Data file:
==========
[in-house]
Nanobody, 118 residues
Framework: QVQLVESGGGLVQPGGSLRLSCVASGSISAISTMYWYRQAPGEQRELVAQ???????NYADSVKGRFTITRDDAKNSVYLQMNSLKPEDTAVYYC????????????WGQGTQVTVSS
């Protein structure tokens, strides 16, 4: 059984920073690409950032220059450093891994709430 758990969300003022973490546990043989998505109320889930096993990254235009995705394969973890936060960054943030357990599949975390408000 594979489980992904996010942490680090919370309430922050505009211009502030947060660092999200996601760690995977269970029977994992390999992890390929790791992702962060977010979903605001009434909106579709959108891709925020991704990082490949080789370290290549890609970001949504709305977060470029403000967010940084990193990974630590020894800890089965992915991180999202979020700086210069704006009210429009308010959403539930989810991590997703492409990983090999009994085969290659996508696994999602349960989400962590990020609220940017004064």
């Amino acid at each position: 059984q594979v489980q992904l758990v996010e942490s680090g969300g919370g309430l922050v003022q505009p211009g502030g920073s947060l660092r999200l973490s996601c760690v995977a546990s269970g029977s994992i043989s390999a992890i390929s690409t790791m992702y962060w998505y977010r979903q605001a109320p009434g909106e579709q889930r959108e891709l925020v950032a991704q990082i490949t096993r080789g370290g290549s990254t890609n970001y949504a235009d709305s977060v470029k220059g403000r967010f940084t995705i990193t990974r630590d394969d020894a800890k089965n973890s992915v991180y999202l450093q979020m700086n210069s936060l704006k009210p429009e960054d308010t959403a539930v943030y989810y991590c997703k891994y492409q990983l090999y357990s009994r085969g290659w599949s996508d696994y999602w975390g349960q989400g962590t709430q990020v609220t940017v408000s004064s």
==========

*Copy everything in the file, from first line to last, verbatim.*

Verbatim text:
[in-house]
Nanobody, 118 residues
Framework: QVQLVESGGGLVQPGGSLRLSCVASGSISAISTMYWYRQAPGEQRELVAQ???????NYADSVKGRFTITRDDAKNSVYLQMNSLKPEDTAVYYC????????????WGQGTQVTVSS
């Protein structure tokens, strides 16, 4: 059984920073690409950032220059450093891994709430 758990969300003022973490546990043989998505109320889930096993990254235009995705394969973890936060960054943030357990599949975390408000 594979489980992904996010942490680090919370309430922050505009211009502030947060660092999200996601760690995977269970029977994992390999992890390929790791992702962060977010979903605001009434909106579709959108891709925020991704990082490949080789370290290549890609970001949504709305977060470029403000967010940084990193990974630590020894800890089965992915991180999202979020700086210069704006009210429009308010959403539930989810991590997703492409990983090999009994085969290659996508696994999602349960989400962590990020609220940017004064």
């Amino acid at each position: 059984q594979v489980q992904l758990v996010e942490s680090g969300g919370g309430l922050v003022q505009p211009g502030g920073s947060l660092r999200l973490s996601c760690v995977a546990s269970g029977s994992i043989s390999a992890i390929s690409t790791m992702y962060w998505y977010r979903q605001a109320p009434g909106e579709q889930r959108e891709l925020v950032a991704q990082i490949t096993r080789g370290g290549s990254t890609n970001y949504a235009d709305s977060v470029k220059g403000r967010f940084t995705i990193t990974r630590d394969d020894a800890k089965n973890s992915v991180y999202l450093q979020m700086n210069s936060l704006k009210p429009e960054d308010t959403a539930v943030y989810y991590c997703k891994y492409q990983l090999y357990s009994r085969g290659w599949s996508d696994y999602w975390g349960q989400g962590t709430q990020v609220t940017v408000s004064s």